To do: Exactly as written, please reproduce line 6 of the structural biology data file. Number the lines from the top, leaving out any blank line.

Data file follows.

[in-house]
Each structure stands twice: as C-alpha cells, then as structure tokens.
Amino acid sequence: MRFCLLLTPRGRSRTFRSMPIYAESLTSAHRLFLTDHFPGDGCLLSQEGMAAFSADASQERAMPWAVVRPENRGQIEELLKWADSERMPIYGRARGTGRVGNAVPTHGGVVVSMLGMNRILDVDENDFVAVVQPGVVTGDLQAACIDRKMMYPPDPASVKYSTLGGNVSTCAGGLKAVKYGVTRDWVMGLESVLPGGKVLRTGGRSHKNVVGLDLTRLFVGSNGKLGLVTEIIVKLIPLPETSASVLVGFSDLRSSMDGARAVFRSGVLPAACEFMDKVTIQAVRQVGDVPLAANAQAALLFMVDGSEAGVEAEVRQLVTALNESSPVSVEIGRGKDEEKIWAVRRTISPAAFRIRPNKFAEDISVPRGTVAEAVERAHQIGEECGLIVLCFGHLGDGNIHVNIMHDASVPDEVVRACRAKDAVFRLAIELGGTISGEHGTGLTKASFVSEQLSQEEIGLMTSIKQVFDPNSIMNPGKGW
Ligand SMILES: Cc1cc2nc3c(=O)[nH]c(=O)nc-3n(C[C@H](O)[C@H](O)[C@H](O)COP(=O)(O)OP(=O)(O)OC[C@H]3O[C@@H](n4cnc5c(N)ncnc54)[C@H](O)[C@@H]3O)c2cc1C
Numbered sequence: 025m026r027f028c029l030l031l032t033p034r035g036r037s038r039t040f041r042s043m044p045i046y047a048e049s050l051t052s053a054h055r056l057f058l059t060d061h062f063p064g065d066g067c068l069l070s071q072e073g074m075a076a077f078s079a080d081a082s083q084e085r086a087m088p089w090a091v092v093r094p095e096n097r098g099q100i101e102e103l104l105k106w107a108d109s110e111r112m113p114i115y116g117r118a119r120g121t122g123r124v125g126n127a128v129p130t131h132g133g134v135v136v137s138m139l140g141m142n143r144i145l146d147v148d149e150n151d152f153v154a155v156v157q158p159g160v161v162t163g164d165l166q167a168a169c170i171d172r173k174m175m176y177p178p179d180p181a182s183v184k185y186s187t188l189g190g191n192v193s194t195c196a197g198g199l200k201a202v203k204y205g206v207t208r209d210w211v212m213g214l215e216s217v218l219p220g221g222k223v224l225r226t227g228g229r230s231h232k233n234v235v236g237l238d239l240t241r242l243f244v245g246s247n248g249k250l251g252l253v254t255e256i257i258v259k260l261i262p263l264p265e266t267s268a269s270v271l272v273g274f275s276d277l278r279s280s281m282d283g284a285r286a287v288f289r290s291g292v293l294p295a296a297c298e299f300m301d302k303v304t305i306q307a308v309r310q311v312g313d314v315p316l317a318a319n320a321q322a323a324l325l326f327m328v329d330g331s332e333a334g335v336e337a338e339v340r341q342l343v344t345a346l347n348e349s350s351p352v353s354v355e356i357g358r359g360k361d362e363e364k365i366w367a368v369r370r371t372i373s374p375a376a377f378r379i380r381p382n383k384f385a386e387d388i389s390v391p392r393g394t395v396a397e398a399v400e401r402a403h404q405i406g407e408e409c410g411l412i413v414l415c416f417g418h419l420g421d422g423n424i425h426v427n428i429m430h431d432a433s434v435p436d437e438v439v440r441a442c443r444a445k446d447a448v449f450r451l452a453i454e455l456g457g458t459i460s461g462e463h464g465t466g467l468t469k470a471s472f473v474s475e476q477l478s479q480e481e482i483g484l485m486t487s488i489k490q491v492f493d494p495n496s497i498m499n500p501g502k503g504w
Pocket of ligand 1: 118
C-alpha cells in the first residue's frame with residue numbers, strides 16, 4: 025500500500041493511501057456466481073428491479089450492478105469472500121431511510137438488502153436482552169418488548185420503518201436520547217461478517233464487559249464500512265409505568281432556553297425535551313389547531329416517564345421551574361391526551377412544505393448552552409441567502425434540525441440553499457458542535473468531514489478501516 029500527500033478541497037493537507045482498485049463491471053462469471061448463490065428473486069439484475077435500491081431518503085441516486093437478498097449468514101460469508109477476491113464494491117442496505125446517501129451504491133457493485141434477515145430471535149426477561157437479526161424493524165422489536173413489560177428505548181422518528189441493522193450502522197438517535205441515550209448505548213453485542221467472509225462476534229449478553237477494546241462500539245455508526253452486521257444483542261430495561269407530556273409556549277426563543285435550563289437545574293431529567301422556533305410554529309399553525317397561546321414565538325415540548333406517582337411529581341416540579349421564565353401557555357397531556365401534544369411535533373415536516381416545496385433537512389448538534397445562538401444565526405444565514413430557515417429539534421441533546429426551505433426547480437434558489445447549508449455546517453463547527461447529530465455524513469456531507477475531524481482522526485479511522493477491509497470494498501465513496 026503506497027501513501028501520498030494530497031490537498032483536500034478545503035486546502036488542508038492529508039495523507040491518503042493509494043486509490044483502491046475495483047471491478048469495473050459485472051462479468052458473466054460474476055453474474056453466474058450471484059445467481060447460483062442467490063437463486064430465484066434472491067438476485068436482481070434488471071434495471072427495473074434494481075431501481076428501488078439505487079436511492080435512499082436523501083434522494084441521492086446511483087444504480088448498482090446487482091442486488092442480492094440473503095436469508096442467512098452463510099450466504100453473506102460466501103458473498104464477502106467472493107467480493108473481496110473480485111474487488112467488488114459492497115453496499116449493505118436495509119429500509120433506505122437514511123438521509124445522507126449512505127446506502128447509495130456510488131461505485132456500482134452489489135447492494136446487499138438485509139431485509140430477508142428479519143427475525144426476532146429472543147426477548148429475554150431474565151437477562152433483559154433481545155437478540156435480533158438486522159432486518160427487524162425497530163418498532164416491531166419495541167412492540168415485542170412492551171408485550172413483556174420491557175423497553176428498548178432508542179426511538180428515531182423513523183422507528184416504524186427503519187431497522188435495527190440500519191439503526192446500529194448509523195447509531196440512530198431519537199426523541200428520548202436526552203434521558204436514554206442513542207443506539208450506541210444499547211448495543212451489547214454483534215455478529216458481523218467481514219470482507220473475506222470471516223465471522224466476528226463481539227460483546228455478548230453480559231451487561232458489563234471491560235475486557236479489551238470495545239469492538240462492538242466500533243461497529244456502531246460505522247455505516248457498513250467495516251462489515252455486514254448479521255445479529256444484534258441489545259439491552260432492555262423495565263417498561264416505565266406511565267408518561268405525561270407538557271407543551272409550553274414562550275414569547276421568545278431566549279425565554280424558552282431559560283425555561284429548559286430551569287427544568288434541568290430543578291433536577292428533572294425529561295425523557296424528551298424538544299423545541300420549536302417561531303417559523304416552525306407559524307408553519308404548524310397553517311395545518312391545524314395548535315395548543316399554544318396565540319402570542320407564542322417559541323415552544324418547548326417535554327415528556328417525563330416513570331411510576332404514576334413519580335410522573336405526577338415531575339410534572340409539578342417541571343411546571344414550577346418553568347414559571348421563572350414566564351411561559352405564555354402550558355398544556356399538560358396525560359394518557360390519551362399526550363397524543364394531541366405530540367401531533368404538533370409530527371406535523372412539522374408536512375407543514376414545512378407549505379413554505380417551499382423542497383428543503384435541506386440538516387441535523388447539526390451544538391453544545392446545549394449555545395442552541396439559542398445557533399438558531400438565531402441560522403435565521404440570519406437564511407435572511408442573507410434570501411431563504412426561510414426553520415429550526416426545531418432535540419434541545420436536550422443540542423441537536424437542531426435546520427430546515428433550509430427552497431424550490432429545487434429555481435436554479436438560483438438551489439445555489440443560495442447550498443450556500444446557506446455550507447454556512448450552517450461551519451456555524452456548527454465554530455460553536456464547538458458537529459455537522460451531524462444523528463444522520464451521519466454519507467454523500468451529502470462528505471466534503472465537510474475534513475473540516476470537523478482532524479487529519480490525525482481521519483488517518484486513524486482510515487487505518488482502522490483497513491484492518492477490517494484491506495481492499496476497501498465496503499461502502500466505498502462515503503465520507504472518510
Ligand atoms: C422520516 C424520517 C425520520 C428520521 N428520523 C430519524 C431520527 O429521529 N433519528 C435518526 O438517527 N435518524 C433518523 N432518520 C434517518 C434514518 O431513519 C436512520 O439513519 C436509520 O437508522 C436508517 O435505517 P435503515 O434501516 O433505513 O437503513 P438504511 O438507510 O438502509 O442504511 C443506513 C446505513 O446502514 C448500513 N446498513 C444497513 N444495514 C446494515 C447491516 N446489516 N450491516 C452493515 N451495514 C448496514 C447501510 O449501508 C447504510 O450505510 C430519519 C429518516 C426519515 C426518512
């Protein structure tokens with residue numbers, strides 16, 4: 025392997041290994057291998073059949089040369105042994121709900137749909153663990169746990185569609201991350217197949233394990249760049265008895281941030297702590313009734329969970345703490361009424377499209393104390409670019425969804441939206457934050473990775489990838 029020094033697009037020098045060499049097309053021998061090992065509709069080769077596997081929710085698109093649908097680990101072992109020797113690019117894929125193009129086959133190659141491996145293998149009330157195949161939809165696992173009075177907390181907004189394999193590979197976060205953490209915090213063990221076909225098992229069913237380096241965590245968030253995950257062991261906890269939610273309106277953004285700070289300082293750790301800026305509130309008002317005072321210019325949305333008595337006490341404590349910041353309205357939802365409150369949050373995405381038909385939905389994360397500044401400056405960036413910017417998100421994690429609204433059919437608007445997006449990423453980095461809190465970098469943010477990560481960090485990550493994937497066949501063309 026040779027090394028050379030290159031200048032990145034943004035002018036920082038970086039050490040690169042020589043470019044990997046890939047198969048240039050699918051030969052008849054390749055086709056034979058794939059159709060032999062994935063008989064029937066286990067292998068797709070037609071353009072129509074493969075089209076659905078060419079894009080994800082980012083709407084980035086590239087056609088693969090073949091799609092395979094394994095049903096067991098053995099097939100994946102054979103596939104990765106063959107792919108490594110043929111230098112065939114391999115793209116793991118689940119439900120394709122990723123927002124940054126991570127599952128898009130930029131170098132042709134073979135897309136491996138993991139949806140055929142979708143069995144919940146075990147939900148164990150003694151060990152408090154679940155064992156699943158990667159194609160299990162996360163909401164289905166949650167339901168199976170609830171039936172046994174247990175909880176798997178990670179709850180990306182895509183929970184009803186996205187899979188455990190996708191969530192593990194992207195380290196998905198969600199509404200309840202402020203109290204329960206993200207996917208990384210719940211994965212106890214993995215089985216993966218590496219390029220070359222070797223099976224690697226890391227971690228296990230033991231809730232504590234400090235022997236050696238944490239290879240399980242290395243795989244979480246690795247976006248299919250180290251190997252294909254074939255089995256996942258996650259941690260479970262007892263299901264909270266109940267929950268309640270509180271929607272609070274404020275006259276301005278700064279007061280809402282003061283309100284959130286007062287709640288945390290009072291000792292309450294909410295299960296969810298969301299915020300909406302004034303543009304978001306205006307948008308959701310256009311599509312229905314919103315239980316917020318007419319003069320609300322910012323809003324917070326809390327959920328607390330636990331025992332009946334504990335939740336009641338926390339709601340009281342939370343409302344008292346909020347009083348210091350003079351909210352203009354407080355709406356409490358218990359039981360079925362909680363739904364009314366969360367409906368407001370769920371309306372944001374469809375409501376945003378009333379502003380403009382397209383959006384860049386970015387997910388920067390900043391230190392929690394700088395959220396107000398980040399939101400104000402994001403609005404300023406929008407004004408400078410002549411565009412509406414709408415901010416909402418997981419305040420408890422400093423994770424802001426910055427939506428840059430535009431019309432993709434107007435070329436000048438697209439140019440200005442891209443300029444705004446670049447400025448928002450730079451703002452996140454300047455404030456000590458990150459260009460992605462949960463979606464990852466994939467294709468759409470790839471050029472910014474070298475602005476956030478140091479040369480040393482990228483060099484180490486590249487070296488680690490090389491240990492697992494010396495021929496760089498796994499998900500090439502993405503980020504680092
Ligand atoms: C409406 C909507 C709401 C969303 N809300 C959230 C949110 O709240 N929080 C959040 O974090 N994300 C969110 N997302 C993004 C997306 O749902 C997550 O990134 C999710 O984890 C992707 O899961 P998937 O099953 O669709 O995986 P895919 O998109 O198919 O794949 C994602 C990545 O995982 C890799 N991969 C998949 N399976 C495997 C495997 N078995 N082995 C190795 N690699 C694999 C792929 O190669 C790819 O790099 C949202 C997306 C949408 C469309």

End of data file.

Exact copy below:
Pocket of ligand 1: 118